Civil union bill could force churches to conduct same-sex ceremonies

by Jack Minor —

 

The civil union bill being debated in the Colorado state legislature discriminates against Christians and others and could open the door to churches being forced to allow same-sex ceremonies to be performed in their facilities.

 

“It’s important for all Colorado citizens to notice that this bill fails to protect religious freedom which is a constitutionally protected right that is one of our first liberties,” Alliance Defending Freedom attorney Kellie Fiedorek said.

 

Fiedorek recently testified before the Colorado state Senate Judiciary Committee against Senate bill 13-011 that would legalize civil unions between members of the opposite sex. The state currently has a constitutional amendment defining marriage as being between a man and woman.

 

However, Governor John Hickenlooper and “gay” activists have pushed for a civil union law to get around the marriage definition in the state constitution. Supporters of the bill claim it simply provides legal protections for same-sex couples to enter into contractual arrangements and will not infringe on the religious rights of anyone in the state. They point to a section in the bill stating that no priest, minister rabbi or other official of a religious institution is required to certify a civil union in violation of their right to free exercise of religion.

 

However, Fiedorek says the religious exemption is so narrowly tailored it leaves vast numbers of Coloradoans with no protection for their religious rights.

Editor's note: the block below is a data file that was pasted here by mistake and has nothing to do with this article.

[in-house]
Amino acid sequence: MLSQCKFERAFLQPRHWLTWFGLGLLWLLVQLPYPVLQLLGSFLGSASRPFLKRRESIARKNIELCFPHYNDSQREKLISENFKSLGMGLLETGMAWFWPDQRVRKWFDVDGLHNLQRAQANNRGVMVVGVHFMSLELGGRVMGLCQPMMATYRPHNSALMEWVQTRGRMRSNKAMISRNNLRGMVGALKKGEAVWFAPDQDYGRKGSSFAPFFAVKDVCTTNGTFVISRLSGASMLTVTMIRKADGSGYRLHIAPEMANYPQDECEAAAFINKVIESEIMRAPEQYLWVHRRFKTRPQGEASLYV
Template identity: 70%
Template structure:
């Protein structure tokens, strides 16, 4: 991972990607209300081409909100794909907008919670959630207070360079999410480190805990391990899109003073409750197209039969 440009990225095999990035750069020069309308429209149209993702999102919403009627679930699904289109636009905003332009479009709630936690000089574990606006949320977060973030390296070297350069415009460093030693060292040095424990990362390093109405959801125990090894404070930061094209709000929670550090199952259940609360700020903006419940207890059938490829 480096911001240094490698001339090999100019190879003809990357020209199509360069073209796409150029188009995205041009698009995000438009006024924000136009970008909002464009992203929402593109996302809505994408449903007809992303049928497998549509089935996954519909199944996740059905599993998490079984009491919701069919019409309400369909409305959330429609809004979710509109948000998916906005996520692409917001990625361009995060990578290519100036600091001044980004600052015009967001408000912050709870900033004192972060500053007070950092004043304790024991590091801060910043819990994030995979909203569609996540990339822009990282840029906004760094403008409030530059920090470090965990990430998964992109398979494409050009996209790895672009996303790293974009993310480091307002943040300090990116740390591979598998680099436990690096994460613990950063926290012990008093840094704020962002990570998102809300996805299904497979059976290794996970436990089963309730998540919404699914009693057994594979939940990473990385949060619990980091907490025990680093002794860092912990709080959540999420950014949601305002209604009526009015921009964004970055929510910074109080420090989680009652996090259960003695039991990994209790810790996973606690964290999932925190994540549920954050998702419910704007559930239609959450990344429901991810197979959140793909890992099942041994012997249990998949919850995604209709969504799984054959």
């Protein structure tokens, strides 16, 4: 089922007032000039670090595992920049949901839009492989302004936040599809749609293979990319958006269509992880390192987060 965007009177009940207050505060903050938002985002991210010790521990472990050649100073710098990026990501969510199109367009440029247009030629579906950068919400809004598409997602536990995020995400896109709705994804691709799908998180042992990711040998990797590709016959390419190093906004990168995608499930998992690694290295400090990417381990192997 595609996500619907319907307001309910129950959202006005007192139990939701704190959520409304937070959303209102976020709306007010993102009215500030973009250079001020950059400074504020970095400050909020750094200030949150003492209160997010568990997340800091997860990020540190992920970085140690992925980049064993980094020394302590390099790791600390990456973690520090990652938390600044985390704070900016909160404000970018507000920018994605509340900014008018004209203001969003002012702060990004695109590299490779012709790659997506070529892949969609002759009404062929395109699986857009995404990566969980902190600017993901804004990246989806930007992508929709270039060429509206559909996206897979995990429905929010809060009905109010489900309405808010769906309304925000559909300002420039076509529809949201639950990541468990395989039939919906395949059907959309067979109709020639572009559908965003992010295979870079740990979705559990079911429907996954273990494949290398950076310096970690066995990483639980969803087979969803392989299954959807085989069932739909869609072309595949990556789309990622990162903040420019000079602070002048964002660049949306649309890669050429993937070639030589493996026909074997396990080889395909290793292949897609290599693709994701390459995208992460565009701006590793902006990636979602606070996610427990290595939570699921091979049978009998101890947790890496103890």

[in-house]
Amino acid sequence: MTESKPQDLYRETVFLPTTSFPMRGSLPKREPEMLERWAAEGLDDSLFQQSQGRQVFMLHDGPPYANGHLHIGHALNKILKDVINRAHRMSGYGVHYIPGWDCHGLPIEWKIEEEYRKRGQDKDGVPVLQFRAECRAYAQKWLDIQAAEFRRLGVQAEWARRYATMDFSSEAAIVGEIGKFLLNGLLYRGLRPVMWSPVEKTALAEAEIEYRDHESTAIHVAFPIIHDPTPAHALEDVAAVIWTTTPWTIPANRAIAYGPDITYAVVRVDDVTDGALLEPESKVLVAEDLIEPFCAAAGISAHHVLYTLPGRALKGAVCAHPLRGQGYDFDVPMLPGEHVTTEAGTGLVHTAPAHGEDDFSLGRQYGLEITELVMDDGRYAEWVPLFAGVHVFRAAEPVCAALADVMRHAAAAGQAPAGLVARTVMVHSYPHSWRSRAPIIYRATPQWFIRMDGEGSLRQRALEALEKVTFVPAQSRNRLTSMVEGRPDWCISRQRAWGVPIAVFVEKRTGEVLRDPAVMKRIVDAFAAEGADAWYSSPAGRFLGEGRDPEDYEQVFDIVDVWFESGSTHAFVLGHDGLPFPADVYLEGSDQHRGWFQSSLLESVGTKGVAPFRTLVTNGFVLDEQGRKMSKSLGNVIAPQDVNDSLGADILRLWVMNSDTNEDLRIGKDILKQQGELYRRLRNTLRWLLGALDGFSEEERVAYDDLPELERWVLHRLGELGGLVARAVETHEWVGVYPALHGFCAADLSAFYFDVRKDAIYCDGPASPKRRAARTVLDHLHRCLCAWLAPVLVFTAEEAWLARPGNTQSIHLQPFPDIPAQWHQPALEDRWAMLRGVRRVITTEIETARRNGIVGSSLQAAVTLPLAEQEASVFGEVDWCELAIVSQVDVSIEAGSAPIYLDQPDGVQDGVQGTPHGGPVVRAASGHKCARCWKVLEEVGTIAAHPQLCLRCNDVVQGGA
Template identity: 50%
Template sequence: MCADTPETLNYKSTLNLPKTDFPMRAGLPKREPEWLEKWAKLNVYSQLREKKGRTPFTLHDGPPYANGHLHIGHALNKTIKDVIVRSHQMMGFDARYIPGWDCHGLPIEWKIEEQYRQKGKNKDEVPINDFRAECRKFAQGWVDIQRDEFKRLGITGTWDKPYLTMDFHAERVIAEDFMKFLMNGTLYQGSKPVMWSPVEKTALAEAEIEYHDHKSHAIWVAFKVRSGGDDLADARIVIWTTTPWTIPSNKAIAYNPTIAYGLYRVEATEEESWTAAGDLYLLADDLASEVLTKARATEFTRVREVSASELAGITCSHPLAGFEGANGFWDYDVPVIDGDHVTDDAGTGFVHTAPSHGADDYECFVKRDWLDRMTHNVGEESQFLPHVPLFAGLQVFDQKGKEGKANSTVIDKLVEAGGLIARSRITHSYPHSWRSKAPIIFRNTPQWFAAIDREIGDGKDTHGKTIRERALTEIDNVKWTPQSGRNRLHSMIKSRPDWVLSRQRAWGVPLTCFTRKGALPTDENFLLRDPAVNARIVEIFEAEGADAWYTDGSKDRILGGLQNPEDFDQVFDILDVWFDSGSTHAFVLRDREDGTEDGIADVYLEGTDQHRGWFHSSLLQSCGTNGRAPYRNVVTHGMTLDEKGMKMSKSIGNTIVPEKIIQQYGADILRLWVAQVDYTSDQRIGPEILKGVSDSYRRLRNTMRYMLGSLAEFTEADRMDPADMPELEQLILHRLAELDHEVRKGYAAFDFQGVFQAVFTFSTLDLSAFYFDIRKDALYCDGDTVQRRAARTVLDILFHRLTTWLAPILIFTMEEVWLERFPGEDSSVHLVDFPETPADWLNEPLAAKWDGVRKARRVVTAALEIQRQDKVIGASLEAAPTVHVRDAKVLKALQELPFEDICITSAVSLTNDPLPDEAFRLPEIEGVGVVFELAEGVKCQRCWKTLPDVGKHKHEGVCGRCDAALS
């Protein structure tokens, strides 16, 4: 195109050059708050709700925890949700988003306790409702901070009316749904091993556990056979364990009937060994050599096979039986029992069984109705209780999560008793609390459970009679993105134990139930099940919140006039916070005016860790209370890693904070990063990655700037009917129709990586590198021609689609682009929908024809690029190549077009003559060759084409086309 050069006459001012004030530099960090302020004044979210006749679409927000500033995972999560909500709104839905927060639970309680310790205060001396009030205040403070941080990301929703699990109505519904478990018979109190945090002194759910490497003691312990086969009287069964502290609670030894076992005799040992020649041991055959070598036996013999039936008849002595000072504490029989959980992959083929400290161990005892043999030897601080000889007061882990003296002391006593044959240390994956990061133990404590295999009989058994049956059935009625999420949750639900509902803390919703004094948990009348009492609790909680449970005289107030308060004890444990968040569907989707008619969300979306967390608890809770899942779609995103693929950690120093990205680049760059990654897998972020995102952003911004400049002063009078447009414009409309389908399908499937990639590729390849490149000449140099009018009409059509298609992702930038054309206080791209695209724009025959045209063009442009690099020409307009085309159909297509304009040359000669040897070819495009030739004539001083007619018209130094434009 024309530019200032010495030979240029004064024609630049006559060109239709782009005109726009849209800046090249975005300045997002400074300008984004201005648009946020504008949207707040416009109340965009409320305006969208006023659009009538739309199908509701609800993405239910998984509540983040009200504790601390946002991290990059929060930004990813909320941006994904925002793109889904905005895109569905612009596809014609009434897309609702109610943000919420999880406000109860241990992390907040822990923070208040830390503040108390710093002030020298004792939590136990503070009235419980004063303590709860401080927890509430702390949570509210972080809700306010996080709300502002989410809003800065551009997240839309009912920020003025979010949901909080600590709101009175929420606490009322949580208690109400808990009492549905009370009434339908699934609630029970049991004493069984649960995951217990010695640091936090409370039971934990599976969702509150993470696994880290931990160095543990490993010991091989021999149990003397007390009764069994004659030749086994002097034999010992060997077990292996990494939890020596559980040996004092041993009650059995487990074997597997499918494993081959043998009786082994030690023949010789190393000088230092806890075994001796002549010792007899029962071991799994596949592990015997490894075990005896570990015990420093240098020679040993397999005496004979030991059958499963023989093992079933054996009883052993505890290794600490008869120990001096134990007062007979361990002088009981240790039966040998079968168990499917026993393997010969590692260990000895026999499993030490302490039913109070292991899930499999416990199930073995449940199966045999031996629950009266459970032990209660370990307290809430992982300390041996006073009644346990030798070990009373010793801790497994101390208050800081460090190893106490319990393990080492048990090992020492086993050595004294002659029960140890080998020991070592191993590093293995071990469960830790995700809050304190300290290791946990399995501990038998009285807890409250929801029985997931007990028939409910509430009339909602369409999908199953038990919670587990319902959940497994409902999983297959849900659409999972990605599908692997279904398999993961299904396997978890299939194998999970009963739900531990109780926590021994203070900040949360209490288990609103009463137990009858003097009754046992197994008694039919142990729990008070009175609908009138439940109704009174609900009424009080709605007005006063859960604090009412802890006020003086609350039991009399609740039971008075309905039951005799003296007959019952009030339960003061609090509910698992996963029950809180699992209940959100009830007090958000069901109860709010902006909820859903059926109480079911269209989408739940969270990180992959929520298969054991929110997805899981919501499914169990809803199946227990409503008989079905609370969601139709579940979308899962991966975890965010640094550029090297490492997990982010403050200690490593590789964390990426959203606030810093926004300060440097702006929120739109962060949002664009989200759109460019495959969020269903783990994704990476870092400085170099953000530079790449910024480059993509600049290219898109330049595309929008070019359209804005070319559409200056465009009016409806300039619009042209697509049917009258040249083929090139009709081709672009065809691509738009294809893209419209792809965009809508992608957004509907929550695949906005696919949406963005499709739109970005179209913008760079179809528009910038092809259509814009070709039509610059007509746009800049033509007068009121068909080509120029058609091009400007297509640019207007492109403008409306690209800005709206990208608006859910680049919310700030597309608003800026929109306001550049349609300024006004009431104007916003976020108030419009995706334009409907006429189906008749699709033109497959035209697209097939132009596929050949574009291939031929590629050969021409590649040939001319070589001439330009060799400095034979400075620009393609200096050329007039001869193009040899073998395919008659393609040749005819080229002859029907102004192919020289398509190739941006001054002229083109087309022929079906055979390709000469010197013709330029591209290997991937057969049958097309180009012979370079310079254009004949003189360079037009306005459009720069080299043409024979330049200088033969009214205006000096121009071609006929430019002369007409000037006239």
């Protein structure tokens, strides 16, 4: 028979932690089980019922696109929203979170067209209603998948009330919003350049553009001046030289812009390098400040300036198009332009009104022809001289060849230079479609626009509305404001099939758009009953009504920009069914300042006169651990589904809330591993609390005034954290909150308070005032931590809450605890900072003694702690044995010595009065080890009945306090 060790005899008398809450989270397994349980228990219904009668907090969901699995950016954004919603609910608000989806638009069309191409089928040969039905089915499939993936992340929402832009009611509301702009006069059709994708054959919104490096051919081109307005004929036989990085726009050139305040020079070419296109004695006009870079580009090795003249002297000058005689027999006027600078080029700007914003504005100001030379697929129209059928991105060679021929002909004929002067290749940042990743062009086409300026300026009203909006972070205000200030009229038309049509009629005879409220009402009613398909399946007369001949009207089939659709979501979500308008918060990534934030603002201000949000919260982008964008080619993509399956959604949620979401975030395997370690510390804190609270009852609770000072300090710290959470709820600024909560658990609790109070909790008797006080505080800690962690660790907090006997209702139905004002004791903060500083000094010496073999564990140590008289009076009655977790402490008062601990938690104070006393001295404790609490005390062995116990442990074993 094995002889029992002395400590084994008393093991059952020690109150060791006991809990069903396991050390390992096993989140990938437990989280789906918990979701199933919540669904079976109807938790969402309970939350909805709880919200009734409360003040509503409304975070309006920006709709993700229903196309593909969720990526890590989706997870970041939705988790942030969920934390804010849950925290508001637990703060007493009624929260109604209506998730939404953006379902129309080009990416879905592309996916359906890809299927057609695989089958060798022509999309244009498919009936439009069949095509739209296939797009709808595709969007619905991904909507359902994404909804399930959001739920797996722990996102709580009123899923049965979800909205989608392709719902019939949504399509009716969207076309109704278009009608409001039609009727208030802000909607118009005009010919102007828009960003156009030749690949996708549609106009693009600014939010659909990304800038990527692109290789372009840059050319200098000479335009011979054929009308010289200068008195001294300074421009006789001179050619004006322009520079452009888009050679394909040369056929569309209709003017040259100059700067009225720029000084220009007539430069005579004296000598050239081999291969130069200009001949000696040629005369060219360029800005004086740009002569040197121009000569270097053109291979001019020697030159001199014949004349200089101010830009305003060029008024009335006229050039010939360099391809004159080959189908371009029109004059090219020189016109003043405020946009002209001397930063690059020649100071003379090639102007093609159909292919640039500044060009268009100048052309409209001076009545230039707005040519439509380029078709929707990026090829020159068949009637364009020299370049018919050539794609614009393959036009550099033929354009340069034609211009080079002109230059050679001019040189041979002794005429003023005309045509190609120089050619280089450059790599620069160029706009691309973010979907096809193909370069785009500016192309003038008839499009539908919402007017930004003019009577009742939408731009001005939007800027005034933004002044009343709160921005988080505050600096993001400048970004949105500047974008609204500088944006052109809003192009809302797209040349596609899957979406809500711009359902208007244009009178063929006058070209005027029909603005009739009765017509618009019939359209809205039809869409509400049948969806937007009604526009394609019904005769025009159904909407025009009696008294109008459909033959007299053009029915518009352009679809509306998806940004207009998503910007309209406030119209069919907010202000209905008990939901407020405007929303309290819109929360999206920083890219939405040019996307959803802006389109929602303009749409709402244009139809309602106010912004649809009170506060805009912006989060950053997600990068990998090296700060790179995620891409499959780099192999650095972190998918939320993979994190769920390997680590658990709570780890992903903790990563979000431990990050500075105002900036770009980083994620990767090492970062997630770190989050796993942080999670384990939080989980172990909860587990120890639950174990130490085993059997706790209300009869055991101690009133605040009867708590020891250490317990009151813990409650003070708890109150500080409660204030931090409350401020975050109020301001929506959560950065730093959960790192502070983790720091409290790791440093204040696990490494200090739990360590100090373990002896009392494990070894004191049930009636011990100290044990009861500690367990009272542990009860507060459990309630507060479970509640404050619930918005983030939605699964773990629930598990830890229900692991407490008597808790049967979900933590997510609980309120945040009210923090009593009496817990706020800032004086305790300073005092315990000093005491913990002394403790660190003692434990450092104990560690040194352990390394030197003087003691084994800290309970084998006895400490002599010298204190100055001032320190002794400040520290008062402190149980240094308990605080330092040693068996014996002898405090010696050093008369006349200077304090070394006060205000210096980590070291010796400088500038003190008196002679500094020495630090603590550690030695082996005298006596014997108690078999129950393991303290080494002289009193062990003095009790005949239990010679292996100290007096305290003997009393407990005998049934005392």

“This bill as currently drafted fails to protect the religious rights of conscience for Christians who are not official ministers of their church. Religious liberty is not confined to the four walls of the church but extends to everybody.”

 

Another concern is the bill affords no protections for other business owners such as wedding-venue owners, clerks and recorders, bed-and-breakfast establishments, bakeries, photographers, caterers, deejays and others who may be forced to violate their conscience and actively participate in same-sex ceremonies.

 

Fiedorek mentioned the case of Jack Phillips, owner of Masterpiece Bake Shop in Lakewood, who is currently facing discrimination charges after he refused to bake a wedding cake for a lesbian couple even though the civil union bill has not become law yet.

 

The Gazette previously reported on Phillip’s case and he said he was not discriminating against them based on their sexual orientation; he was doing it based on the message it would convey.